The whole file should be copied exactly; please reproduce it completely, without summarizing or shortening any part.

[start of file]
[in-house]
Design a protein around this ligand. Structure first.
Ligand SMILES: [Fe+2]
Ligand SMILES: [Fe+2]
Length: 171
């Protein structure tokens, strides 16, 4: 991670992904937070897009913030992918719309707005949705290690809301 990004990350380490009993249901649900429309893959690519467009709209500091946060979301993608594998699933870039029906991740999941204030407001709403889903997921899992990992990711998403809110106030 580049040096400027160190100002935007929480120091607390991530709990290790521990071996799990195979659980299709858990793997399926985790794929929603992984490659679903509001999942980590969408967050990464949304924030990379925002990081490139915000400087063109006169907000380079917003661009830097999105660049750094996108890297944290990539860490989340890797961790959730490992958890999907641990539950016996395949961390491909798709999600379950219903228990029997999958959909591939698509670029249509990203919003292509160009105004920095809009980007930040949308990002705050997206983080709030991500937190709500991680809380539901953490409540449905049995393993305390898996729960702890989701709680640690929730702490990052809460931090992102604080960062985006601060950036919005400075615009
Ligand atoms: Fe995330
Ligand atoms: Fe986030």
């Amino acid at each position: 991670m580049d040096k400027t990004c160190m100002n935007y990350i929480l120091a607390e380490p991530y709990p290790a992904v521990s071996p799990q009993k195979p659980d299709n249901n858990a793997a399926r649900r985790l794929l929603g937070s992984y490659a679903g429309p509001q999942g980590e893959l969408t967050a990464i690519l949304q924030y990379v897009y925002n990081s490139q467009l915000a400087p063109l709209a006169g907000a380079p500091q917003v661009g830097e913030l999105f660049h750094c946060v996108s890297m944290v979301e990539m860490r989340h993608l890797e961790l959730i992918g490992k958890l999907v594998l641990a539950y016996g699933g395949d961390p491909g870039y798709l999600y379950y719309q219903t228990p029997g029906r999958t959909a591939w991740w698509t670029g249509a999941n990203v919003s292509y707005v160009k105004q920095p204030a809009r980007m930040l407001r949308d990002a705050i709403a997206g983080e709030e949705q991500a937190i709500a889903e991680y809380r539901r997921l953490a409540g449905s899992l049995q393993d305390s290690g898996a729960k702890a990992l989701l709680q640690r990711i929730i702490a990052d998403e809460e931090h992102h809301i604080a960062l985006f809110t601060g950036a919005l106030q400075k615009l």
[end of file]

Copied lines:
[in-house]
Design a protein around this ligand. Structure first.
Ligand SMILES: [Fe+2]
Ligand SMILES: [Fe+2]
Length: 171
């Protein structure tokens, strides 16, 4: 991670992904937070897009913030992918719309707005949705290690809301 990004990350380490009993249901649900429309893959690519467009709209500091946060979301993608594998699933870039029906991740999941204030407001709403889903997921899992990992990711998403809110106030 580049040096400027160190100002935007929480120091607390991530709990290790521990071996799990195979659980299709858990793997399926985790794929929603992984490659679903509001999942980590969408967050990464949304924030990379925002990081490139915000400087063109006169907000380079917003661009830097999105660049750094996108890297944290990539860490989340890797961790959730490992958890999907641990539950016996395949961390491909798709999600379950219903228990029997999958959909591939698509670029249509990203919003292509160009105004920095809009980007930040949308990002705050997206983080709030991500937190709500991680809380539901953490409540449905049995393993305390898996729960702890989701709680640690929730702490990052809460931090992102604080960062985006601060950036919005400075615009
Ligand atoms: Fe995330
Ligand atoms: Fe986030």
């Amino acid at each position: 991670m580049d040096k400027t990004c160190m100002n935007y990350i929480l120091a607390e380490p991530y709990p290790a992904v521990s071996p799990q009993k195979p659980d299709n249901n858990a793997a399926r649900r985790l794929l929603g937070s992984y490659a679903g429309p509001q999942g980590e893959l969408t967050a990464i690519l949304q924030y990379v897009y925002n990081s490139q467009l915000a400087p063109l709209a006169g907000a380079p500091q917003v661009g830097e913030l999105f660049h750094c946060v996108s890297m944290v979301e990539m860490r989340h993608l890797e961790l959730i992918g490992k958890l999907v594998l641990a539950y016996g699933g395949d961390p491909g870039y798709l999600y379950y719309q219903t228990p029997g029906r999958t959909a591939w991740w698509t670029g249509a999941n990203v919003s292509y707005v160009k105004q920095p204030a809009r980007m930040l407001r949308d990002a705050i709403a997206g983080e709030e949705q991500a937190i709500a889903e991680y809380r539901r997921l953490a409540g449905s899992l049995q393993d305390s290690g898996a729960k702890a990992l989701l709680q640690r990711i929730i702490a990052d998403e809460e931090h992102h809301i604080a960062l985006f809110t601060g950036a919005l106030q400075k615009l």